In continuing with our month of love theme the topic for this week is “substance abuse and its impact on sexual dysfunction.”
Sex is one of the most cited reasons for problems or successes in relationships and we are going to explore some of the ways that the ability to enjoy a fulfilling sexual life can be affected by substance abuse.
How alcohol impacts sexual arousal has long been debated.
Alcohol is a substance that affects the way we feel, think and behave.
Research has shown that a small amount of alcohol can lead one to feel more sexual desire and excitement (Ackerman, 2013), however because alcohol falls under a class of substances called “depressants”, the more one drinks, the more his/her nervous system is depressed or ‘slows down’, which negatively impacts sexual performance.
If this is done long term alcohol abuse can lead to impotence and other sexual problems like erectile dysfunction.
Alcohol is not the only substance that can lead to sexual dysfunction.
Cocaine and ecstasy affect the areas of the brain which are responsible for sustaining an erection during sexual intercourse.
On the other hand, people who use heroin and other opiates overtime are likely to find the desire for sexual contact diminishing.
This may largely be due to the fact that heroin causes an increase in a hormone (prolactin) that reduces sexual interest.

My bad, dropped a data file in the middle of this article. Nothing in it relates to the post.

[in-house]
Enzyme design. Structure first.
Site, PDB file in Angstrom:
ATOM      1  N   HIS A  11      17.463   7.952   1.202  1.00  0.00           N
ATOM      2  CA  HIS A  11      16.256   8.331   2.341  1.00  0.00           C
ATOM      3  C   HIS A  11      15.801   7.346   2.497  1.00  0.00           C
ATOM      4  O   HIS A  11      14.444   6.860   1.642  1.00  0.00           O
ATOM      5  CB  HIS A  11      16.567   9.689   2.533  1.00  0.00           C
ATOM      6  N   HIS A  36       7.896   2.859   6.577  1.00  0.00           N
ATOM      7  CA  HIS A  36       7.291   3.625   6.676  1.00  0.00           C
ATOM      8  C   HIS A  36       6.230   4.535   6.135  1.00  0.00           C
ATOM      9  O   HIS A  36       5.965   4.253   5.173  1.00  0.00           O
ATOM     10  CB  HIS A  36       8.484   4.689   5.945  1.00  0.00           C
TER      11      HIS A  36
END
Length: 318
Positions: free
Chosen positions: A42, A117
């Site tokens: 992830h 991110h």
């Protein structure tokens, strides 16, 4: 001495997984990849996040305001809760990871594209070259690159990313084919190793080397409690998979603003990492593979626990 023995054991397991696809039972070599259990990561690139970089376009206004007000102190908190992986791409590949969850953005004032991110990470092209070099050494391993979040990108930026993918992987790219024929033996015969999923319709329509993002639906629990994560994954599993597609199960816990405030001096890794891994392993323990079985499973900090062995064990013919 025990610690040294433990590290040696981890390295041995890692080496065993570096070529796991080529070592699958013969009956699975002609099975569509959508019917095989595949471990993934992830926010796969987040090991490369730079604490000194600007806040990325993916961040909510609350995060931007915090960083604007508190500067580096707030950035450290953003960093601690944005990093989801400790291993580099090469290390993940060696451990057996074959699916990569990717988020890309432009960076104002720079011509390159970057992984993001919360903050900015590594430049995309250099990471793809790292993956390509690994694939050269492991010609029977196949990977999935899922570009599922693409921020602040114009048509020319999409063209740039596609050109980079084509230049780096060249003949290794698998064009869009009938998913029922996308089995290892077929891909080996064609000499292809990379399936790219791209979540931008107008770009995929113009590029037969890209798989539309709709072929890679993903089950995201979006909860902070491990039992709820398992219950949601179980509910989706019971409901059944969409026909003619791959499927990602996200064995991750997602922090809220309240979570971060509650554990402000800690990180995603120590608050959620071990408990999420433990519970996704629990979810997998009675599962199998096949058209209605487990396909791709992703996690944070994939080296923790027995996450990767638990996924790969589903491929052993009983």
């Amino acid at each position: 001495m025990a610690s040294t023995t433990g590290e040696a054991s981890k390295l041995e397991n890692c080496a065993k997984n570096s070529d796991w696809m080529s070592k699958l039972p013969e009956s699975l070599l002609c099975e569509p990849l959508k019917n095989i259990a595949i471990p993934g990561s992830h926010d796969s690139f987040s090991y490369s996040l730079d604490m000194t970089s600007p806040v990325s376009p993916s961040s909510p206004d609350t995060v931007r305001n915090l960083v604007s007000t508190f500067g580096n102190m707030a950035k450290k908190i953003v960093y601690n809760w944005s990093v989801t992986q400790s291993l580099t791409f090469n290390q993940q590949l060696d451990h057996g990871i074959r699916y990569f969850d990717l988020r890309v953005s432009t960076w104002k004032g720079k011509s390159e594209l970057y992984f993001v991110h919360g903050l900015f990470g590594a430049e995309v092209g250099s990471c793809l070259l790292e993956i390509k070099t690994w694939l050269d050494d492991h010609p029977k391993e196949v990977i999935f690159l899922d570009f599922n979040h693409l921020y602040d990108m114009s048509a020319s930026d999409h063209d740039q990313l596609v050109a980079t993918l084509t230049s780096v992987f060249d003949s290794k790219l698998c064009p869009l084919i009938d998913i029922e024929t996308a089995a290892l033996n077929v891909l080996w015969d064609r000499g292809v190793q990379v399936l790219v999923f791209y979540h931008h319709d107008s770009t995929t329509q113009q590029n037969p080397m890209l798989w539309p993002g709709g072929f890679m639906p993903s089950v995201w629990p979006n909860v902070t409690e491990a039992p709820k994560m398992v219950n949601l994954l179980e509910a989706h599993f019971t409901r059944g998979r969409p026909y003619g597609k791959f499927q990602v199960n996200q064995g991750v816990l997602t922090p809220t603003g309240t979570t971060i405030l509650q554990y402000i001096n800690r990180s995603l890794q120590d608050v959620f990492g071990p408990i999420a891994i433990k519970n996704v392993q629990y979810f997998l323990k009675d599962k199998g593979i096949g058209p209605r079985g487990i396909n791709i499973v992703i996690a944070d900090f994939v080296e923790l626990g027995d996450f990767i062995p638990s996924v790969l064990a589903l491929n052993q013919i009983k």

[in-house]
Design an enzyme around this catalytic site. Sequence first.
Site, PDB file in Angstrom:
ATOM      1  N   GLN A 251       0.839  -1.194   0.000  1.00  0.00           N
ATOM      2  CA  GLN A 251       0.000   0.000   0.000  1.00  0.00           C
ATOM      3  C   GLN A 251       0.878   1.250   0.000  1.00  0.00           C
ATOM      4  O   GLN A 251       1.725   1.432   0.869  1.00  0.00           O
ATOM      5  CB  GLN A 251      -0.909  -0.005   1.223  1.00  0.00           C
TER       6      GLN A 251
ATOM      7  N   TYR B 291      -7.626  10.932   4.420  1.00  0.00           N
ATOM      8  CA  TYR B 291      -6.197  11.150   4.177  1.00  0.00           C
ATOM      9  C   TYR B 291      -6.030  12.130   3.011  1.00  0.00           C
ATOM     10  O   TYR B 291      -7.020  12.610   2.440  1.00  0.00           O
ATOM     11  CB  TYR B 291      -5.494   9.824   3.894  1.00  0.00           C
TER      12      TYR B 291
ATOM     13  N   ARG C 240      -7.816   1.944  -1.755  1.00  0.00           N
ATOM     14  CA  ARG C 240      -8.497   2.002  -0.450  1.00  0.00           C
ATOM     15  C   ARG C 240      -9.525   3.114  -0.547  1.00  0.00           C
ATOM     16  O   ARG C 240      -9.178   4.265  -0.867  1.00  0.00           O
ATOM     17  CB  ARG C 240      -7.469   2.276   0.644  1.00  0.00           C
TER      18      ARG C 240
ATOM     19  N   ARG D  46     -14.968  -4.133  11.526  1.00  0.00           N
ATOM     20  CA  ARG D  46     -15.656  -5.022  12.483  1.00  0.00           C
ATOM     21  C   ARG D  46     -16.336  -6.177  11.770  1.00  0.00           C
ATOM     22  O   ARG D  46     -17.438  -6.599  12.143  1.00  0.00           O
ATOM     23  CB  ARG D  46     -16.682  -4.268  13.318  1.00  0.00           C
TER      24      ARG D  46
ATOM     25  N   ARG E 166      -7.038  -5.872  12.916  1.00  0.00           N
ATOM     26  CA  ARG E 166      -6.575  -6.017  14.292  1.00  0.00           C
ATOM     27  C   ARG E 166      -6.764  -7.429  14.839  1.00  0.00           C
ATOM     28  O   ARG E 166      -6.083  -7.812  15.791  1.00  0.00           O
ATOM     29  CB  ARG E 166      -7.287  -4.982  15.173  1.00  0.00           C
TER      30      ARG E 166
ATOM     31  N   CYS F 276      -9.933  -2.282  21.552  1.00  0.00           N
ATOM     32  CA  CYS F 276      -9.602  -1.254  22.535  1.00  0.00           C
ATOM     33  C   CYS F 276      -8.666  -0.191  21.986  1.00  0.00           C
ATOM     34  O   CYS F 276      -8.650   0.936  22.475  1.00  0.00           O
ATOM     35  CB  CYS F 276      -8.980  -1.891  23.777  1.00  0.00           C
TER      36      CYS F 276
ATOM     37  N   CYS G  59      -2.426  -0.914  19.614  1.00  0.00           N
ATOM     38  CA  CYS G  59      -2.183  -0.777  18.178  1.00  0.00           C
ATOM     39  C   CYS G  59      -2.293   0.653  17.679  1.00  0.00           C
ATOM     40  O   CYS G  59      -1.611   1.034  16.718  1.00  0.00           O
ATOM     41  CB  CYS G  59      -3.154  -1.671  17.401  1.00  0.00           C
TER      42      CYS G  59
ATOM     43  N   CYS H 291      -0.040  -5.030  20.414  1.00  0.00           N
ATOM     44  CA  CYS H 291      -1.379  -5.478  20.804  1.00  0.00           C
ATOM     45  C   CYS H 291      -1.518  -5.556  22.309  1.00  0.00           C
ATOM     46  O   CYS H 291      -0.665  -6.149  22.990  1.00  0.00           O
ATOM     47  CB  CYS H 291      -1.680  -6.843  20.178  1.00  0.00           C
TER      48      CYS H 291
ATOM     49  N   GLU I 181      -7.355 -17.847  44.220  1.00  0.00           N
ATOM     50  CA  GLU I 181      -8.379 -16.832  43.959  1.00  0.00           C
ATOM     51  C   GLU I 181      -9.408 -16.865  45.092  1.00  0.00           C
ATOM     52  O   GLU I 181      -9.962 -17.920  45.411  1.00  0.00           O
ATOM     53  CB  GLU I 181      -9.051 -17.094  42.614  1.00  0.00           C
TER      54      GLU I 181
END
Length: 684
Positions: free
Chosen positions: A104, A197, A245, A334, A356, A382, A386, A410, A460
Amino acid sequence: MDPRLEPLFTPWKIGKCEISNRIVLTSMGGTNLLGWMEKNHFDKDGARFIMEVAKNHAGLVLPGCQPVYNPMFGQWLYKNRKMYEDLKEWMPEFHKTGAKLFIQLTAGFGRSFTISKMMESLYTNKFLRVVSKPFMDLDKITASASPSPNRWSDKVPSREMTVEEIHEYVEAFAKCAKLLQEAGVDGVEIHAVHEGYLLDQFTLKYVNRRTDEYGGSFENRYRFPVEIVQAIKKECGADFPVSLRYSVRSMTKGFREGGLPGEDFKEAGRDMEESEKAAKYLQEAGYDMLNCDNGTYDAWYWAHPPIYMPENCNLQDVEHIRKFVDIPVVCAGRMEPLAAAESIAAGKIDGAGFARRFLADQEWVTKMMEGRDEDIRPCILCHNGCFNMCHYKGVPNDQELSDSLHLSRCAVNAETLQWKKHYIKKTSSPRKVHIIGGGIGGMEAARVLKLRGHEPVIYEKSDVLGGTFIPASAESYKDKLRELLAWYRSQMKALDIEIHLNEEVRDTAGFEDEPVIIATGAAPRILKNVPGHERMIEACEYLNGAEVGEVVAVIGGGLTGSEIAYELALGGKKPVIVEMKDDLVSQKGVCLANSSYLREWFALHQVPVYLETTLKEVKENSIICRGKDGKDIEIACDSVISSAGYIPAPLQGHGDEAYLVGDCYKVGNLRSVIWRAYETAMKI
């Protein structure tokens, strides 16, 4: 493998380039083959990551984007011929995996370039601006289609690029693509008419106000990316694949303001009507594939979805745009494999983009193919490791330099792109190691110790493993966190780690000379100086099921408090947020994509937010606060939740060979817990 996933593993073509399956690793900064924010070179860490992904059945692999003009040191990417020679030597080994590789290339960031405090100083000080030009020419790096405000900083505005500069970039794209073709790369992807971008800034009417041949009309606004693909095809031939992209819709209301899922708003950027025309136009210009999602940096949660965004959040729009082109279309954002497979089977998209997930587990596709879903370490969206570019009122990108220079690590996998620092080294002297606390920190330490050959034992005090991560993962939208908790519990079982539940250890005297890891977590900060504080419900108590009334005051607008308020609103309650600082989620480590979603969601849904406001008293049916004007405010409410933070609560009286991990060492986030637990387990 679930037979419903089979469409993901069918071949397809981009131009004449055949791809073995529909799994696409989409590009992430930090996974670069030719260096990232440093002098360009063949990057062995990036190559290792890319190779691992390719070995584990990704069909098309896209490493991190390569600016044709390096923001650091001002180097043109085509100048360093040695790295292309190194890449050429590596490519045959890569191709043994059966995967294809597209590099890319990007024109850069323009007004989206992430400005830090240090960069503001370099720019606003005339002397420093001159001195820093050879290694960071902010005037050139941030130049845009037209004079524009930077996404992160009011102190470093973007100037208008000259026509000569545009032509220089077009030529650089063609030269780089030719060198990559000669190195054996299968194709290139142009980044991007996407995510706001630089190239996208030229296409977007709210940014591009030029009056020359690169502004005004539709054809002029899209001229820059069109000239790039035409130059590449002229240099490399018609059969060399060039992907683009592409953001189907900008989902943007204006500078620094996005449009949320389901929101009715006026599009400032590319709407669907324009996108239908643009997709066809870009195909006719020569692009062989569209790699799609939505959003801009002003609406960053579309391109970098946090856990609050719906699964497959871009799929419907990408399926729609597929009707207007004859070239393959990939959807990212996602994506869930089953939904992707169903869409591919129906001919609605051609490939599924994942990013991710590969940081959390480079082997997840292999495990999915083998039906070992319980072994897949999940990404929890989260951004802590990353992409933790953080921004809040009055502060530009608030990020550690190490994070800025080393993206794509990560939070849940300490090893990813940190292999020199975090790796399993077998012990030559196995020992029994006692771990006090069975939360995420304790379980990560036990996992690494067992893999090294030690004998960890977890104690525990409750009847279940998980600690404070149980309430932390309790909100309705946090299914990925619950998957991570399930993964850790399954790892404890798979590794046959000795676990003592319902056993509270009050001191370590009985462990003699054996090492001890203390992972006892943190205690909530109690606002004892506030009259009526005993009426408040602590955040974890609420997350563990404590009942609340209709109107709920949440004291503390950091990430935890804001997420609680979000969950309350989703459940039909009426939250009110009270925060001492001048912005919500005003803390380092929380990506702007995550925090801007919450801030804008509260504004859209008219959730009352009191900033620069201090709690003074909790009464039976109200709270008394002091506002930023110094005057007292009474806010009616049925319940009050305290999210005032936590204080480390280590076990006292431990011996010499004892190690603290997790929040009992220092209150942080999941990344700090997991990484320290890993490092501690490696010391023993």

Heroin also seems to affect the areas of the brain that control the ability to reach orgasm.
The effects of substance abuse can be lowered sex drive, preventing the body from reaching orgasm and impotence.
With prolonged abuse, even if an erection can be achieved, the user may not be able to ejaculate during sexual intercourse.
In short substance abuse can lead to a decrease in sexual interest and the ability to enjoy sexual intercourse.
These problems can further lead to embarrassment or disappointment which can be frustrating in a relationship.
This frustration can lead to anxiety or depression and eventually relationship breakdown.
If one is experiencing these challenges, all hope is not lost; research suggests that when substance use stops an increase in sexual interest may occur.
If you would like further information about this topic, or want to get support and advice related to substance use for yourself, friend or family member, then contact BOSASNet on 395 9119 or 72659891.
All our services are confidential and we offer counselling and support to those affected by substance use.
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